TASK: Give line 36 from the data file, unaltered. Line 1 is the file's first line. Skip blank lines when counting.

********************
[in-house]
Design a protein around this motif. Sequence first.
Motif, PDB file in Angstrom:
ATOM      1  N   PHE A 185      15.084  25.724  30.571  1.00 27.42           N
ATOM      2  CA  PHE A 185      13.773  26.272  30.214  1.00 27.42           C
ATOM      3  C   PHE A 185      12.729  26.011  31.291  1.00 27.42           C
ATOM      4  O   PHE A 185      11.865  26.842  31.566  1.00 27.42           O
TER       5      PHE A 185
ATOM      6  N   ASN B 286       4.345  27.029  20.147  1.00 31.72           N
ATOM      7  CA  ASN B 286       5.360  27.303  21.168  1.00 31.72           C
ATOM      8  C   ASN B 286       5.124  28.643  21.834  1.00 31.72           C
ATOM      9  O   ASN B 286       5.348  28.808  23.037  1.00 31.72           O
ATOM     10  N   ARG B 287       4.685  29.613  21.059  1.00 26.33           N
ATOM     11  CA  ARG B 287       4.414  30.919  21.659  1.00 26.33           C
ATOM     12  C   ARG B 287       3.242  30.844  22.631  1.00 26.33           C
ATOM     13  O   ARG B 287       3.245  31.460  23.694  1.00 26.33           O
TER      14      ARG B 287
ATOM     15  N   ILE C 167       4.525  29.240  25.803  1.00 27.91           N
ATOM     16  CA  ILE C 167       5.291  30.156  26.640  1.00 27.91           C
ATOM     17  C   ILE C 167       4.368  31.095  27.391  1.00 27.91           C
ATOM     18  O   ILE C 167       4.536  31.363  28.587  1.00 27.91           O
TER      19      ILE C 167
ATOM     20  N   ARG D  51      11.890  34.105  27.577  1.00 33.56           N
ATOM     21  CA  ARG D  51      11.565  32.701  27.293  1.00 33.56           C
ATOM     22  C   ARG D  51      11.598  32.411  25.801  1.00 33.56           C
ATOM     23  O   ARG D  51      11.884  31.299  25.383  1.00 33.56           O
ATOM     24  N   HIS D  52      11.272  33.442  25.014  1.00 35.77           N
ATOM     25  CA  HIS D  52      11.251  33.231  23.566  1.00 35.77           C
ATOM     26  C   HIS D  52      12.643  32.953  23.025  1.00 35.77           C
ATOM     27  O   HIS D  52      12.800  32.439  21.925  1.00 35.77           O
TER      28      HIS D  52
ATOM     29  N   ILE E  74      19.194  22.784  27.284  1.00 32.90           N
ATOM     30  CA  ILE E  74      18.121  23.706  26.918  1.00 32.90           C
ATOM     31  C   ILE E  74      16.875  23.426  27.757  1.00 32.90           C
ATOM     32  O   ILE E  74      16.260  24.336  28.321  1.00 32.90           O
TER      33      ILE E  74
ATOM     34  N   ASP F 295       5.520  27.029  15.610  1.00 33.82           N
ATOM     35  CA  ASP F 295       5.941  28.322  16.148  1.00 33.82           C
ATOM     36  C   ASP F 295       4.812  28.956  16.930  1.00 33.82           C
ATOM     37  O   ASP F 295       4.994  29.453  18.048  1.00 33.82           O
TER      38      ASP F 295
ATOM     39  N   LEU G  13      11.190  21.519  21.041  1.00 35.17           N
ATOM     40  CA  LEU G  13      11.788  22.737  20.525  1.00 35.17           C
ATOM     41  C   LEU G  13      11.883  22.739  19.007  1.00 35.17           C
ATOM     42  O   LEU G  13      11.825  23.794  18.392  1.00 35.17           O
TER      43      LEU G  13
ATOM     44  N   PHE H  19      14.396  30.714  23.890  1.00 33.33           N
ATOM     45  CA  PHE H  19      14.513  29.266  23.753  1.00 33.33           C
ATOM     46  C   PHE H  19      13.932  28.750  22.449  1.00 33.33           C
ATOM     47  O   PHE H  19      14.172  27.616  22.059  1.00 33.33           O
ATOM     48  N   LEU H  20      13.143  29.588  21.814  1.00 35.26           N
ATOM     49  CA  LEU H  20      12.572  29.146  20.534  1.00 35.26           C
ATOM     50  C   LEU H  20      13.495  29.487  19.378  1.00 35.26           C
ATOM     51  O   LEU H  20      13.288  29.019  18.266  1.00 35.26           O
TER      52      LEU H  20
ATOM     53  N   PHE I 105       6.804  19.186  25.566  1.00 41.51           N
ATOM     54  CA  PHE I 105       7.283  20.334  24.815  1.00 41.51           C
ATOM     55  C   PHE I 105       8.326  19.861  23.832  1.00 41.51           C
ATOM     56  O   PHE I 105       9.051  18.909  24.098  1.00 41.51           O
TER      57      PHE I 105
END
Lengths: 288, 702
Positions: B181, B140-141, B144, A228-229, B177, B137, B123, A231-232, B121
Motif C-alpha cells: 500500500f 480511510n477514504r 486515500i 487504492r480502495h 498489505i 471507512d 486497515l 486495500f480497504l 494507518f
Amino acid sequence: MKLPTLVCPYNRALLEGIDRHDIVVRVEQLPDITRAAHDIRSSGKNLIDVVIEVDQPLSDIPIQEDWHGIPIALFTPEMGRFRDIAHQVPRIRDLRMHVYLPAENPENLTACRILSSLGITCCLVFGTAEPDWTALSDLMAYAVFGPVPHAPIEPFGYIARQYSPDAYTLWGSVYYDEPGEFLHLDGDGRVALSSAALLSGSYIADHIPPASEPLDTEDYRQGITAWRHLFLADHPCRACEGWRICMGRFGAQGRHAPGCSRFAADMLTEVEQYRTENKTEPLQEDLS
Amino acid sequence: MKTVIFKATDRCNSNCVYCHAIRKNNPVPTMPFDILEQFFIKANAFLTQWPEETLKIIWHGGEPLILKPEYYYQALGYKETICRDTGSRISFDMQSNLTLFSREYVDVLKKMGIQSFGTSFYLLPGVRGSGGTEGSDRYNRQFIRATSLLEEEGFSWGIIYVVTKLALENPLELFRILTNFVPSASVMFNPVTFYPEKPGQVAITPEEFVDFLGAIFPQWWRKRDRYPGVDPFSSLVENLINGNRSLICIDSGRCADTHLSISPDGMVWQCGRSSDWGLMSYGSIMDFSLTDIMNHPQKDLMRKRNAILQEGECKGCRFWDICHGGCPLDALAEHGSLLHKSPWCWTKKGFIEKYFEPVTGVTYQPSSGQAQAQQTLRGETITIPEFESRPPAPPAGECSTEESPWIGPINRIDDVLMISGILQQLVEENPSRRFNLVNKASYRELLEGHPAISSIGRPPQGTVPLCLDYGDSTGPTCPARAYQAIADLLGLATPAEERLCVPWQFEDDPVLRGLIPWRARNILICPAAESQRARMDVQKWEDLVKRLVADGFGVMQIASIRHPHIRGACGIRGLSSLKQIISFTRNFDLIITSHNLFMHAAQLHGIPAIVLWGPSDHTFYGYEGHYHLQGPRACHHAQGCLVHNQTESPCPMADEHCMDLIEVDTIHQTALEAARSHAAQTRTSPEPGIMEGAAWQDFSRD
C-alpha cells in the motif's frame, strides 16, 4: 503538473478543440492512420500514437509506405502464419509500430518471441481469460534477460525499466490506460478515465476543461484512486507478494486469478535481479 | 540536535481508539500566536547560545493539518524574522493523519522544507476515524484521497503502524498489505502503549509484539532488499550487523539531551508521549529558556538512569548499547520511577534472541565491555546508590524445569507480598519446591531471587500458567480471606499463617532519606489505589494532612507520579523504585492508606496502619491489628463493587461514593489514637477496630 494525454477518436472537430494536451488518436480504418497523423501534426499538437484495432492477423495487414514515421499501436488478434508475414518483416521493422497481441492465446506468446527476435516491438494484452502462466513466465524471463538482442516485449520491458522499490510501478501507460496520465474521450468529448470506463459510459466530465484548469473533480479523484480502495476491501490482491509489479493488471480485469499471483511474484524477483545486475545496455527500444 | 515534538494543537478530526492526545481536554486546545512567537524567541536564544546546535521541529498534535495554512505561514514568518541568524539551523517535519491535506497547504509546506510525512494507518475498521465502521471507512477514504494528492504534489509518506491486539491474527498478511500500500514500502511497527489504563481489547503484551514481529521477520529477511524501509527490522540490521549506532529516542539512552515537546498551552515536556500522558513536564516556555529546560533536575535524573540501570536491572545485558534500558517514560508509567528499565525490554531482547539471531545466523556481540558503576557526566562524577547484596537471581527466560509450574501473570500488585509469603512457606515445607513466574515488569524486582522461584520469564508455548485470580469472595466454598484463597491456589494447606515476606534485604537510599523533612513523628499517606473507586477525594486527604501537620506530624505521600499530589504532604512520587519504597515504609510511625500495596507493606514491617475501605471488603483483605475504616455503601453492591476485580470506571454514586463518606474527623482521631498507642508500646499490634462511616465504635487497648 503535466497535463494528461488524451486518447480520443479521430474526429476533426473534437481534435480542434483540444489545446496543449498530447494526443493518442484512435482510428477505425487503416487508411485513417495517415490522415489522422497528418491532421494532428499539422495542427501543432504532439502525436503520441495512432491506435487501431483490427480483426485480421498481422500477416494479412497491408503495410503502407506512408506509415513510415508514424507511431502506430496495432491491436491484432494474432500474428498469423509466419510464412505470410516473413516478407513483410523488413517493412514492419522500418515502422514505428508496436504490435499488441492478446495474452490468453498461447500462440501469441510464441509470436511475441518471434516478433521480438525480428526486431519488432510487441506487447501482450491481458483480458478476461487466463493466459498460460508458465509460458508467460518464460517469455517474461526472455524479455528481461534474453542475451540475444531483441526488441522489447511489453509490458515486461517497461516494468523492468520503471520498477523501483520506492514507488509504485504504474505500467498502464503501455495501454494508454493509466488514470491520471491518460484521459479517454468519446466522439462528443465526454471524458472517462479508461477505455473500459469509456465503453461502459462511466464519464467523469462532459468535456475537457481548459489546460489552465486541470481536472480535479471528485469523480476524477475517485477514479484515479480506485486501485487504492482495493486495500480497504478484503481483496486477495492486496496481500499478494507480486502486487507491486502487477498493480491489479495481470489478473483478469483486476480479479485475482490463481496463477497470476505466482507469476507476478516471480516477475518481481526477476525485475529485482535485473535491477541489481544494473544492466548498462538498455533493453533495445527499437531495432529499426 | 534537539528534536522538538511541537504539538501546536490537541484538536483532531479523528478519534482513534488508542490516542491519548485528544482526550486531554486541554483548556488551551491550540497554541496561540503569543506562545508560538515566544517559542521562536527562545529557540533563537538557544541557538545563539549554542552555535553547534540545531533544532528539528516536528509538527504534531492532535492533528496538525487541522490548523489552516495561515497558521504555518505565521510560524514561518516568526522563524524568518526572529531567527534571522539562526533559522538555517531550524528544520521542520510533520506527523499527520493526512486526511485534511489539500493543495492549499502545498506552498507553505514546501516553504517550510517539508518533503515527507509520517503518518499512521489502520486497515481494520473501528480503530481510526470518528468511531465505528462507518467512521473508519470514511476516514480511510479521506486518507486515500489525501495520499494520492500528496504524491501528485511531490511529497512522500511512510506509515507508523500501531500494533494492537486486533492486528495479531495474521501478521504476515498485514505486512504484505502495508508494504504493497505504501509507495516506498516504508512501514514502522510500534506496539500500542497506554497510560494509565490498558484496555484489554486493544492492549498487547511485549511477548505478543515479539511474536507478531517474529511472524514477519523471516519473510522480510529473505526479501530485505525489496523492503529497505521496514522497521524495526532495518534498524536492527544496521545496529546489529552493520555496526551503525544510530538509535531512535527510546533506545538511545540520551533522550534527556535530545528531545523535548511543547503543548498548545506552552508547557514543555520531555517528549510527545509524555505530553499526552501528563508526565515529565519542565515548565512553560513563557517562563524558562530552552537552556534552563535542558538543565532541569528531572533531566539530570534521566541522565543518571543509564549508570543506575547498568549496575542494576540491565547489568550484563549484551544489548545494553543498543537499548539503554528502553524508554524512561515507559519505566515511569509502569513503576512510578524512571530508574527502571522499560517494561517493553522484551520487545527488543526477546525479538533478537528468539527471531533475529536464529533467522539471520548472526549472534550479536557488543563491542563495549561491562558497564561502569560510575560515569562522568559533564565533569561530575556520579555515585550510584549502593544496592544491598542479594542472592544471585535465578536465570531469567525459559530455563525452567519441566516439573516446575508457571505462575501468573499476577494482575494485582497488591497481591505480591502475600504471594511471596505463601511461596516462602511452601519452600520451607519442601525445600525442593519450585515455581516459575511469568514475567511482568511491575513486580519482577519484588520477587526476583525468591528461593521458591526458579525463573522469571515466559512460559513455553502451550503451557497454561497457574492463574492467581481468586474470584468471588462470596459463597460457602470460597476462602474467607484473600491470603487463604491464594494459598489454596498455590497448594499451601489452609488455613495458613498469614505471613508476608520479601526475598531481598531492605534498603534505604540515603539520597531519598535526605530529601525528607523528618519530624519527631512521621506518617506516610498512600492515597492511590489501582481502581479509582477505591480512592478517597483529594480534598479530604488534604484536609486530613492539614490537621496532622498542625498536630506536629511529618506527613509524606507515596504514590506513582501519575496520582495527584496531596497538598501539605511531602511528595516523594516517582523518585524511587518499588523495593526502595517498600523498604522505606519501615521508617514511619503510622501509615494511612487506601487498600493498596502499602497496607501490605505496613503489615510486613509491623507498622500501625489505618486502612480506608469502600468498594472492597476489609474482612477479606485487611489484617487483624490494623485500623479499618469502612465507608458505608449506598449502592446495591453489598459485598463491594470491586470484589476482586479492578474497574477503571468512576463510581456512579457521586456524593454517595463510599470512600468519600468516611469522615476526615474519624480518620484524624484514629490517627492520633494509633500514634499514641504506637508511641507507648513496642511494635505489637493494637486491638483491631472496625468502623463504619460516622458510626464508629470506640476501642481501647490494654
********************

TER      33      ILE E  74